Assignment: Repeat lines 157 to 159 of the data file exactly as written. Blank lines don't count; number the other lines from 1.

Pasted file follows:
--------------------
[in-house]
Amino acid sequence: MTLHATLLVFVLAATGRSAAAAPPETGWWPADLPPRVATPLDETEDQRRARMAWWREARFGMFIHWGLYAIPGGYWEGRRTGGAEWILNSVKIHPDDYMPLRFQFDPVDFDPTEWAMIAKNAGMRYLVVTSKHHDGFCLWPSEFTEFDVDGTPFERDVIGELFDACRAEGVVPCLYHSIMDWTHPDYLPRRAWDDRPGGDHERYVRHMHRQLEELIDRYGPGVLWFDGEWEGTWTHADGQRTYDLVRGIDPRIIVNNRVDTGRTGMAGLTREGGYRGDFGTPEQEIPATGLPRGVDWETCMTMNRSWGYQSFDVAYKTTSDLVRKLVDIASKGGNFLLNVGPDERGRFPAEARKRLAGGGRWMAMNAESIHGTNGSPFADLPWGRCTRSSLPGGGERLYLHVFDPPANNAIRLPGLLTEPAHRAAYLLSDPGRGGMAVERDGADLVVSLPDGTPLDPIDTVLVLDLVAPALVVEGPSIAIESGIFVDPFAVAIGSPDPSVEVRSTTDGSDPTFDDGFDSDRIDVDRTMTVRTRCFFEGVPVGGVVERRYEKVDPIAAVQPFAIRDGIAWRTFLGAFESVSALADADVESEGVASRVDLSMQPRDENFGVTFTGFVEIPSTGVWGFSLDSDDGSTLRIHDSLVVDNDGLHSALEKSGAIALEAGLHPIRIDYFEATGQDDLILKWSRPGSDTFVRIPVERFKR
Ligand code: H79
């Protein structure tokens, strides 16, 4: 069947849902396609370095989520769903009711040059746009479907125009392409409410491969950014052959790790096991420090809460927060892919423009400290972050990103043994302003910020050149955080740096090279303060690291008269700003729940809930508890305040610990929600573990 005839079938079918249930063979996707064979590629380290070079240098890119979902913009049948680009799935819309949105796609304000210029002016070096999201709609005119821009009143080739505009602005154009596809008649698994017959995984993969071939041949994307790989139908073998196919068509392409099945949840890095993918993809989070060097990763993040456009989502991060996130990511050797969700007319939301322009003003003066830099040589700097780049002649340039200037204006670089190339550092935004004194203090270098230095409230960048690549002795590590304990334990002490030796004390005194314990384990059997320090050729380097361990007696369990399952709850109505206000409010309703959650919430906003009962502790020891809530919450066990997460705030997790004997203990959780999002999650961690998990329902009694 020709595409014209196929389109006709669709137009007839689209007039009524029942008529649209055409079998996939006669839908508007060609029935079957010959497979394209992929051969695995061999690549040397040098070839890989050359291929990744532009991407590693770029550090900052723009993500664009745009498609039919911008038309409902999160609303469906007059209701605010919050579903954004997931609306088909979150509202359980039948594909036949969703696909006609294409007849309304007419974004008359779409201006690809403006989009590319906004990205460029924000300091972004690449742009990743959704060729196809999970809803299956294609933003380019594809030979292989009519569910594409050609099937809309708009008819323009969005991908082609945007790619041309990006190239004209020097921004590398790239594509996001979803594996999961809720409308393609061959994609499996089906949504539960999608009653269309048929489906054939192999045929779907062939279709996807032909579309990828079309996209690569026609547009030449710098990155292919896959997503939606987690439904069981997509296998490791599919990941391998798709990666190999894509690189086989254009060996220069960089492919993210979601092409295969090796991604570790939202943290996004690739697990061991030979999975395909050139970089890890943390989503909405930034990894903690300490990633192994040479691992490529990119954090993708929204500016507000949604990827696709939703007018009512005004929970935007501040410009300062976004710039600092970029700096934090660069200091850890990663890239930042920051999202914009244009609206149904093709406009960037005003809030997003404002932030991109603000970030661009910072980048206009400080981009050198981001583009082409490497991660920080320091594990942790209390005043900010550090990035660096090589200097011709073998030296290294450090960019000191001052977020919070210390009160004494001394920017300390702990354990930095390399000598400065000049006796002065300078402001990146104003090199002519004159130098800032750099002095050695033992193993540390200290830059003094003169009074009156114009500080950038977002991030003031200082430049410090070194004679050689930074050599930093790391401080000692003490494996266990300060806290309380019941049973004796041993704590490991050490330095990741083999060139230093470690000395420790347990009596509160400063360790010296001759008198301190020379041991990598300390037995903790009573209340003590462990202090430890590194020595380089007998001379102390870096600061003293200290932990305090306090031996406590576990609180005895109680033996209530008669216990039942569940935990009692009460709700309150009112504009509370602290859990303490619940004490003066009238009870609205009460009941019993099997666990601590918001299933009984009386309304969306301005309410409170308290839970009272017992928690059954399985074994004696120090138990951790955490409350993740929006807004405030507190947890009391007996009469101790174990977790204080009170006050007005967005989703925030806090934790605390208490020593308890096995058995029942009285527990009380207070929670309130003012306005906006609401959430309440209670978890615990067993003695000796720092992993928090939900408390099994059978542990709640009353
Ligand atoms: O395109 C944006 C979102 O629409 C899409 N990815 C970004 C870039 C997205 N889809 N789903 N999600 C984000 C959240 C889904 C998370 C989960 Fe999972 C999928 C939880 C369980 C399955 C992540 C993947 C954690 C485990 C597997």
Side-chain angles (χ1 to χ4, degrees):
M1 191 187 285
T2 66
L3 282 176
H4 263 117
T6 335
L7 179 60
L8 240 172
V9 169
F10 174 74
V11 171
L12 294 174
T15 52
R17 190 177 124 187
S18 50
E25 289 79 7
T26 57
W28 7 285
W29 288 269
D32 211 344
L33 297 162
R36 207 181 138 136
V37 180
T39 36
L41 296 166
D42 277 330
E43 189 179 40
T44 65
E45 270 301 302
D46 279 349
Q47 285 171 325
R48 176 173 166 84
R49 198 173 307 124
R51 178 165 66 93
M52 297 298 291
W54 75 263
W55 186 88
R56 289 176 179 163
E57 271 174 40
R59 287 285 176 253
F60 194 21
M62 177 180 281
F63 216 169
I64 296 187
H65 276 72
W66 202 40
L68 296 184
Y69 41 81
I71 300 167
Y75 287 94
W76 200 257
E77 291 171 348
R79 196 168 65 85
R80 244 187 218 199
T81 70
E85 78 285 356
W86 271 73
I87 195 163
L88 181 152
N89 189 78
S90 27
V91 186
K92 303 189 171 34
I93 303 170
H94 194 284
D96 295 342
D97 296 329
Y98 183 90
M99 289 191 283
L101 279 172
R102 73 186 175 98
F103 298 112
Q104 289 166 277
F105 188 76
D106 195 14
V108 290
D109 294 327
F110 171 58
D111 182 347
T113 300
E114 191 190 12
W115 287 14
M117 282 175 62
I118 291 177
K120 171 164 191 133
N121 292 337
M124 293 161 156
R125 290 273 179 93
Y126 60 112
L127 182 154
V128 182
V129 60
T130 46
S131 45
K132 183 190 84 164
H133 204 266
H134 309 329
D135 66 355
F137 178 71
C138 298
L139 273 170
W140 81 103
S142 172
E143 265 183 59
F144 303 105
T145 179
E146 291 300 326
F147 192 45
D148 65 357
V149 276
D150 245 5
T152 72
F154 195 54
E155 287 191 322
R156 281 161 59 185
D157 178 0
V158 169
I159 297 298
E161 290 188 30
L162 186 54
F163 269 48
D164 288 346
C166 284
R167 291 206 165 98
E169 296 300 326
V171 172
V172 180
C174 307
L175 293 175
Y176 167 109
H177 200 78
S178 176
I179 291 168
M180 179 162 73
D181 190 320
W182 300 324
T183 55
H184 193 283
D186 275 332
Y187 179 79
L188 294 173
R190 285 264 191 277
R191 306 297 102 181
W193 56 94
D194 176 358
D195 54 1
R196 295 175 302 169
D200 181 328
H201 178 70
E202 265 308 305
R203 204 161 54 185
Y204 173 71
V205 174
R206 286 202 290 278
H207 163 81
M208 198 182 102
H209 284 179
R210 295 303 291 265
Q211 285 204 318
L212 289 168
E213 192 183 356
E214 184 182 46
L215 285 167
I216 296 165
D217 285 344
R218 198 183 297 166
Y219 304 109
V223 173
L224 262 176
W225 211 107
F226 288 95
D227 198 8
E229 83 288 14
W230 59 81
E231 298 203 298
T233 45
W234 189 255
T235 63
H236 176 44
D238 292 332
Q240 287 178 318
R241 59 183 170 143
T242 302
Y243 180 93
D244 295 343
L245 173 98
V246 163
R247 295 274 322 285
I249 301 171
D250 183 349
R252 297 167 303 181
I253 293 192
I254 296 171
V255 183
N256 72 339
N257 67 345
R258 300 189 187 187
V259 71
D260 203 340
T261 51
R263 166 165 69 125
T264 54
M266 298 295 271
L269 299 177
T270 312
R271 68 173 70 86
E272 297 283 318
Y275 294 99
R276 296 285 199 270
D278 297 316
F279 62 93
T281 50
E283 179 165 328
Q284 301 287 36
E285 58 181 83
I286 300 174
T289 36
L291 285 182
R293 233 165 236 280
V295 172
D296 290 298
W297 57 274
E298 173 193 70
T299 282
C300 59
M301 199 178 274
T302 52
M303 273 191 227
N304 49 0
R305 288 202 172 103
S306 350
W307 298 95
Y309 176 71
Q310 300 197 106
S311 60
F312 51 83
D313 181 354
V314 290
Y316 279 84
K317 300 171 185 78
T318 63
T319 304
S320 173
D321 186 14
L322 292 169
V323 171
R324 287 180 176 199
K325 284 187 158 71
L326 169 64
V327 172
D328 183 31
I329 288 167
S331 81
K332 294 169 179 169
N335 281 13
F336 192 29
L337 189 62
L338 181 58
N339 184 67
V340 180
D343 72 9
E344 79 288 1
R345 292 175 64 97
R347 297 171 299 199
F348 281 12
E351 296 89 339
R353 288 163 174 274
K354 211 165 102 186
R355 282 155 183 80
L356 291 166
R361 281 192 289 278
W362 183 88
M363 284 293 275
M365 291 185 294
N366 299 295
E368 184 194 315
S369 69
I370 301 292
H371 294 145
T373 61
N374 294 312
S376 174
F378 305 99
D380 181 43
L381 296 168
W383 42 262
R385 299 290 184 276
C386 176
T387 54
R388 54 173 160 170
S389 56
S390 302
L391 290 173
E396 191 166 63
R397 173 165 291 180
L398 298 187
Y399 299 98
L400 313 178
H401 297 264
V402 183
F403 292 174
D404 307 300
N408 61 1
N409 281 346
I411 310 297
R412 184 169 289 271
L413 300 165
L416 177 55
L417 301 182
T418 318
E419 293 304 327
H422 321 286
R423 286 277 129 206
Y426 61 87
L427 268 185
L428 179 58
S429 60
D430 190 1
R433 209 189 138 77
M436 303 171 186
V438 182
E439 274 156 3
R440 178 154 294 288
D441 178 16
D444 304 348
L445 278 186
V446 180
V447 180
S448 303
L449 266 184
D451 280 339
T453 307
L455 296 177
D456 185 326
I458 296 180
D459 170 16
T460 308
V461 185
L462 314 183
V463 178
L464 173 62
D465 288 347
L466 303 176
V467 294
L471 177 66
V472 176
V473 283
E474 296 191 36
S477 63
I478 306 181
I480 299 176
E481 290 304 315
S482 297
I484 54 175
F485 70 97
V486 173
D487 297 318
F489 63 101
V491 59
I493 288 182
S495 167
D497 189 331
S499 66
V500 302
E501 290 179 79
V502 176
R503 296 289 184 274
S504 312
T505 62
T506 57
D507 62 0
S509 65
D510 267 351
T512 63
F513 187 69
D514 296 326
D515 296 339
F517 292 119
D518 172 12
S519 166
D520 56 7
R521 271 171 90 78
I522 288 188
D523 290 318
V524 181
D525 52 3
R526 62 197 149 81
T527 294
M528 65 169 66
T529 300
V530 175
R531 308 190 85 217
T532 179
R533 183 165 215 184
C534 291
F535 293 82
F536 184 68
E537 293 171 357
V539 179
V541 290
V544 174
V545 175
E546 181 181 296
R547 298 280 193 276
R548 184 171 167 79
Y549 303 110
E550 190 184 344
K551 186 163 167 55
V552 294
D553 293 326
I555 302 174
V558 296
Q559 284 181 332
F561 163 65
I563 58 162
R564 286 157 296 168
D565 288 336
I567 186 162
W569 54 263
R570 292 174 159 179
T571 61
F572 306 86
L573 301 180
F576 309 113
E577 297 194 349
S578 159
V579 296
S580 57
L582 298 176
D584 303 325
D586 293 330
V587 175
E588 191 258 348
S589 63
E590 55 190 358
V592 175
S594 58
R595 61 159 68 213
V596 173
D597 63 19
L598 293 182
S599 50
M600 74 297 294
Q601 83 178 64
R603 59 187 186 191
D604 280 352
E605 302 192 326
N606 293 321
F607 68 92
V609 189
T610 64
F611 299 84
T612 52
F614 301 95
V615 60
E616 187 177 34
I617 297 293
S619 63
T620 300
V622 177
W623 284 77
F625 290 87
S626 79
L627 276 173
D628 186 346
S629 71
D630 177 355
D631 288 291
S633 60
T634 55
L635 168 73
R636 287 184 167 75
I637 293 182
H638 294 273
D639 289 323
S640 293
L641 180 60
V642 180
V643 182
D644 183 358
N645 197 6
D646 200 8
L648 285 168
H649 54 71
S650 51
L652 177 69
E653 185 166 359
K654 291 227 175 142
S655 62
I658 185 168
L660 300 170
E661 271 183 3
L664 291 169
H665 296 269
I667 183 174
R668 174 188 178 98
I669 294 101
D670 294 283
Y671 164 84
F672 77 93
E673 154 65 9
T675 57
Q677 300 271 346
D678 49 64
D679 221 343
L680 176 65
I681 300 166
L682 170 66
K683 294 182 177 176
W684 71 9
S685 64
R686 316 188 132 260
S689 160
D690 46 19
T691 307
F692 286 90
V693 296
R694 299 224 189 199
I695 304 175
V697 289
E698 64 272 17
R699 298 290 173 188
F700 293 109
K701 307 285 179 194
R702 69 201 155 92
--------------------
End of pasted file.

Y204 173 71
V205 174
R206 286 202 290 278